PageRank is a community-derived ranking scheme for search. I find crowd sourcing campaigns fascinating, but hadn't thought about Google's search engine technology as a measure of community acceptance until Digg Chief Scientist Anton Kast mentioned it from the audience during a DigitalLA panel Wednesday night. The Grammy Museum in Los Angeles provided the perfect location for the discussion that delved into crowd sourcing and curating. I'll tell you why later.
Participating in DigitalLA's Crowd Source to Curation panel allowed me to turn the question to Kast when the topic switched to algorithms and semantic search queries. I asked Kast when Digg will provide these types of search option after panelist Chas Edwards, Digg's chief revenue officer, explained semantic search queries present a challenge for news curators.
Aside from "like," "share," and "digg," buttons that send signals from communities, algorithms determine most news content, even on search engines, Kast told DigitalLA attendees. Take Google PageRank, for example. The signal provides one of many unique insights into the value of the content on the page. Using PageRank and other factors helps to push up in ranking the content from Web pages and sites.
For Digg, having the ability to serve up content that community members want to read before they ask for has become "the holy grail," Kast says. Serving up queries based on personal information and semantics, rather than the relationship with people, presents difficulties. Google, Bing and Yahoo have tried to perfect this type of search for years. It takes sophisticated algorithms and lots of data. Google may have solved that roadblock for travel-related searches with the acquisition of ITA Software for $700 million.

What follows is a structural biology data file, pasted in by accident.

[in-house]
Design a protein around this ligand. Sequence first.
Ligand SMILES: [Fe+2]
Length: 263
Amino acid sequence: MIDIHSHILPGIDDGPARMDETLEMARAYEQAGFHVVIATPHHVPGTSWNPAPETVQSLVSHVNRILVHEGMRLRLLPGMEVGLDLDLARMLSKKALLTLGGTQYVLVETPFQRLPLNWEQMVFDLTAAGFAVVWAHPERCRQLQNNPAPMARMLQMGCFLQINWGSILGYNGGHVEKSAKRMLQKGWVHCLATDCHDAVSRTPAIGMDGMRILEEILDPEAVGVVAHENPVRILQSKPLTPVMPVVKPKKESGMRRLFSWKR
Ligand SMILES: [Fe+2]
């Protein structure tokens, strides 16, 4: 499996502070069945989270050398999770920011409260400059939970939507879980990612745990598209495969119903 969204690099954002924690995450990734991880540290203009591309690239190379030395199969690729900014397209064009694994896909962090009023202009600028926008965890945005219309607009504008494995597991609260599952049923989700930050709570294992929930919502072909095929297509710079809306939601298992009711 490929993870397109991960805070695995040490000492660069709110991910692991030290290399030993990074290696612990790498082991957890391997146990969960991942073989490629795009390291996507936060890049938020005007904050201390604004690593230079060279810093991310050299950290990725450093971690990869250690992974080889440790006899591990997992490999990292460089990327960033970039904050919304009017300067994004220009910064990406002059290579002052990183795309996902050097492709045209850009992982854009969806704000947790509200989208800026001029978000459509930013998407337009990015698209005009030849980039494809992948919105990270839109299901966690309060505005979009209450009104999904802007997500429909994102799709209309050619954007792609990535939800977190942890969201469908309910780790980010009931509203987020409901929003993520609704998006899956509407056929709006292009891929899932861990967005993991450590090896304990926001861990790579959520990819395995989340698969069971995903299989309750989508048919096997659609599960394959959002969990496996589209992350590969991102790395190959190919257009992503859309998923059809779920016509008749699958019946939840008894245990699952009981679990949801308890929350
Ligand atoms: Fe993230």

Digg's problem is a double edge sword because if the algorithms get it wrong the error introduces mistrust and lack of credibility, Kast says. Incentives for humans to like, share or digg a piece of content provides a stronger connection between that piece of content and the brand.
Crowd sourcing worked well for The Recording Academy when it launched a marketing campaign called "We're All Fans." The campaign, completely constructed by social media elements from music fans, promoted this year's Grammy Awards telecast. Community involvement led people for the first time to send around content to promote the event. They talked and blogged about it.
The campaign demonstrated to The Recording Academy that the more respect, voice and involvement it gave to the community, the deeper the relationship companies will have, according to Evan Greene, chief marketing officer at The Recording Academy. Crowd sourced user-generated videos created the tapestry for the spots, he says. "It opened our eyes about how impactful it can be," he says, adding that ratings for the telecast rose 35% this year, but acknowledges "you can't contribute any one thing to the success. Everyone did their job."